The dominating concern of Miller's 1990 and 1991 sessions was the nationally covered Virginia Military Institute controversy. The U.S. Department of Justice sued the Commonwealth of Virginia for denying admittance to a woman who had applied to VMI. Virginia Attorney General Mary Sue Terry stood behind VMI's decision not to enroll women at the traditionally all-male institution. Miller objected to the practice and considered it sexist and unconstitutional, especially because the school was publicly funded. In response to this controversy, Miller introduced legislation stating that "all public institutions of higher education shall admit qualified students without regard to race, sex, religion, national origin, or political affiliation."

After the VMI controversy, Miller continued to legislate for mental health, women's rights, and family services. Her successful legislation includes the consideration of a defendant's mental health in death penalty cases, the regulation of advertising by licensed treatment facilities for the mentally ill, and authorization for Fairfax County and Fairfax City to regulate child care services and facilities. In addition to this legislation, Miller also introduced legislation that designated April 22, 1990 as Earth Day in Virginia.

Other achievements during her first term include a public-private partnership on pilot projects testing the use of natural gas in Virginia Department of Transportation vehicles, simplified procedures for citizens to obtain government information, and increased civil penalties for zoning code violations.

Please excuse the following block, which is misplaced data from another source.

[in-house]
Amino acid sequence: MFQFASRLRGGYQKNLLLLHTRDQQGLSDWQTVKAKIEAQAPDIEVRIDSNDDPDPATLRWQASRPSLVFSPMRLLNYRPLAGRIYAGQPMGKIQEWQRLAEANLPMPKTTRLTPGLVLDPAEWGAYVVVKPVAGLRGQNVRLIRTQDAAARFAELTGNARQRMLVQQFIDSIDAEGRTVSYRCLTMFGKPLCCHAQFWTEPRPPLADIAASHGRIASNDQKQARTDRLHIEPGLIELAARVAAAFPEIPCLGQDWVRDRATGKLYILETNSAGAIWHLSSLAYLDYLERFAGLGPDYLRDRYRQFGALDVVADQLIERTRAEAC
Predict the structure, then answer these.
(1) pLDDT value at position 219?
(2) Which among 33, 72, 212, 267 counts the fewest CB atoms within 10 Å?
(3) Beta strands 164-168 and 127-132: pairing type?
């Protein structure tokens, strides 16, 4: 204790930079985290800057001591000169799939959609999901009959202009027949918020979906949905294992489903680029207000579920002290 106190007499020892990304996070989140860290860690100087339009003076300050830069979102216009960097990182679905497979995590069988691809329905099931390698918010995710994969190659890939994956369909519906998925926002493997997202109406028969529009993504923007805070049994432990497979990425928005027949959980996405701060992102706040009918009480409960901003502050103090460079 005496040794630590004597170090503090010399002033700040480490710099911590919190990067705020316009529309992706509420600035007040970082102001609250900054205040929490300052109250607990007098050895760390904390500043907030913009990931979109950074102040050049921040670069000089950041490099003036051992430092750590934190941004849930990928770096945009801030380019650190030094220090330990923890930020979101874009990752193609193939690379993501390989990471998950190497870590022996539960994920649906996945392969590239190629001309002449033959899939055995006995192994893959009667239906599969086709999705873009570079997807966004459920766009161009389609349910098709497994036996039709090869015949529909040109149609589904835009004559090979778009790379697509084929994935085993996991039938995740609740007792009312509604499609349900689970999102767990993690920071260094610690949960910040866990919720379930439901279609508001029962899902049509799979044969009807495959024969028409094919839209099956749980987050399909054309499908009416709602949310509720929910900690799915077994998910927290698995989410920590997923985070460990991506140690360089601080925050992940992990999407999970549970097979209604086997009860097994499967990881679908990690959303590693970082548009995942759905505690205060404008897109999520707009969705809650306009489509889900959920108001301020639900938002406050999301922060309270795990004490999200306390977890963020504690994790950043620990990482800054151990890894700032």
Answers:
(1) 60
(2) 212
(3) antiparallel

Miller attempted reelection in 1991, focusing on education and abortion issues, but lost to Republican opponent Jane H. Woods.

The Emile F. Miller Papers contain materials pertaining to her service in the Virginia State Legislature. Included in the collection are campaign material, subject files, bills and resolutions, correspondence, committee information, constituent files, and information on the Virginia Military Institute controversy.


Miller, Emily F.


George Mason University Libraries





Collection Items

Note from the Chair of the ERA Ratification Council to Virginia State Senator, Emilie F. Miller
Note from the Chair of Virginia's Equal Rights Amendment Ratification Council to Virginia State Senator Emilie F. Miller thanking her for supporting the ERA.

Remarks of Virginia Senator Emilie F. Miller on admission of women to Virginia Military Institute (VMI)
Speech by Virginia State Senator Emilie Miller supporting the withdrawl of state funding to VMI if it remained all-male. The court case regarding women's admission to the all-male VMI went to the US Supreme Court, which declared that excluding women…